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How to Clean a Resilient Floor

Most new vinyl and similar resilient flooring materials have “no-wax” coatings that stay glossy with just basic cleaning. Resilient floors that don’t have these types of coatings require more maintenance.

Recommendations for basic cleaning vary by manufacturer, but a typical procedure for a no-wax resilient floor is to sweep and mop with a pH-neutral liquid floor cleaner—the best products are available through flooring retailers. Follow by using a sponge to rinse with clear, clean, warm water and allow to dry (or speed up drying by wiping with a clean towel).

If you have a resilient floor that does not have a no-wax finish, you will probably have to strip, clean, and re-wax it to get it looking glossy again. This is a big job that requires 1) buying a quality wax stripper from a janitorial supply, 2) clearing the floor area of furniture and obstacles, 3) applying the stripping solution to sections of the floor with a mop, 4) scraping up the old wax with a squeegee, putty knives, rags, and scrubbing pads, 5) mopping up each completed section with clear water, and then 6) applying a new coat of liquid wax.

Spilled liquids and food should be wiped up immediately before the stains become harder to remove. A clean cloth dipped in pH-neutral liquid floor cleaner is often the best bet. Scrub balky stains with a nylon pad, but be careful not to abrade the floor’s surface. Don’t use abrasive cleaners or mechanical buffers on high-gloss floors—this will weaken the protective coating.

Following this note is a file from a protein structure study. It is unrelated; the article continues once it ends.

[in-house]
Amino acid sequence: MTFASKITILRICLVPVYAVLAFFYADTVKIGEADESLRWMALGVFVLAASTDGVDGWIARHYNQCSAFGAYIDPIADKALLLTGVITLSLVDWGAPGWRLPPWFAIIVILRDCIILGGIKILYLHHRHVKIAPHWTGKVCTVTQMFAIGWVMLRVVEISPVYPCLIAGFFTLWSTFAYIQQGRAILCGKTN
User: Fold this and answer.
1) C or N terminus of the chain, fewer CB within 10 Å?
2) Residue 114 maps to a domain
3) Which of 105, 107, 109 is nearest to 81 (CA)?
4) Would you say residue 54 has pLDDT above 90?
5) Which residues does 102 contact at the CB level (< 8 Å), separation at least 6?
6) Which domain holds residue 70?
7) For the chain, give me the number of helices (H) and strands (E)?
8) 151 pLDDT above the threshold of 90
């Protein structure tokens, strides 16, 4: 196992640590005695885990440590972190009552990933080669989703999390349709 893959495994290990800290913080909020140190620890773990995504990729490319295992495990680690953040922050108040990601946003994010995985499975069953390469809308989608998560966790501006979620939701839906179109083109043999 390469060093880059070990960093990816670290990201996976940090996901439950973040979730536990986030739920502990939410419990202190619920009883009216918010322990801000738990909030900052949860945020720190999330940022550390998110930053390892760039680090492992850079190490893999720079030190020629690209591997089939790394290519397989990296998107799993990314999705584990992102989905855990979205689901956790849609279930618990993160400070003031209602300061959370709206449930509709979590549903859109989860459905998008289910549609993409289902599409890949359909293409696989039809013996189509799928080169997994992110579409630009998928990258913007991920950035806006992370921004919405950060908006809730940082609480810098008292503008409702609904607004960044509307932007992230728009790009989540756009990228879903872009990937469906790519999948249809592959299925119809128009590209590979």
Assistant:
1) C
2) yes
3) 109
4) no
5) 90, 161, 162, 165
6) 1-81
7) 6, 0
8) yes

How to Remove Vinyl or Resilient Flooring

Removing stubborn resilient tile from subflooring or a concrete slab can be a hideous job unless you have the right tool: a tile stripper, available through tool rental companies.

This heavy contraption rolls on two wheels and chips up the old flooring, using a replaceable blade. Though it works best on a concrete slab, the same tool will remove resilient tile from wood floors, but you’ll want to fit it with a flexible blade made for this task so it does not damage the subflooring. When removing vinyl or resilient tile from solid-board subflooring, always work in line with the wood grain (not across the boards).[GARD align=”right”]


You can buy an asbestos test kit online for about $30. Photo: Pro-Lab®

Before pulling up old vinyl or resilient flooring, be sure neither the material nor the adhesive that holds it in place contain asbestos. You can remove a small sample of the materials, including backing and adhesive, and have it tested by an asbestos testing lab. You can buy a do-it-yourself asbestos test kit online.

If any of the materials contain asbestos, you’ll need to call an asbestos abatement contractor or, if the asbestos is not friable (airborne) you may be able to leave the old floor in place and cover it with the new flooring, applied over luaun plywood underlayment.

Cork Flooring

Parquet Cork Flooring. Photo courtesy CorkFloor.com.

Resilient and warm underfoot, natural in appearance, and made from an environmentally sustainable material, cork makes an excellent flooring surface.

It is sold both in thin 12-by-12-inch tiles and thicker interlocking 1-by-3-foot planks. Most flooring dealers offer a range of earthy appearances, from light, unstained surfaces to bold hues. Most cork flooring is prefinished.

Using natural cork flooring is a responsible way to help protect the earth’s forests. Every nine years, cork is peeled from the bark of cork oaks, which grow primarily in Mediterranean regions. Because only the bark is removed, each cork tree remains alive and vital.

The material used for cork flooring is not overly soft and fragmented like familiar bulletin board cork. On the contrary, cork flooring is surprisingly rugged. It does not retain furniture “dents” as readily as do carpeting or vinyl flooring. Cork planks also have superb insulation qualities.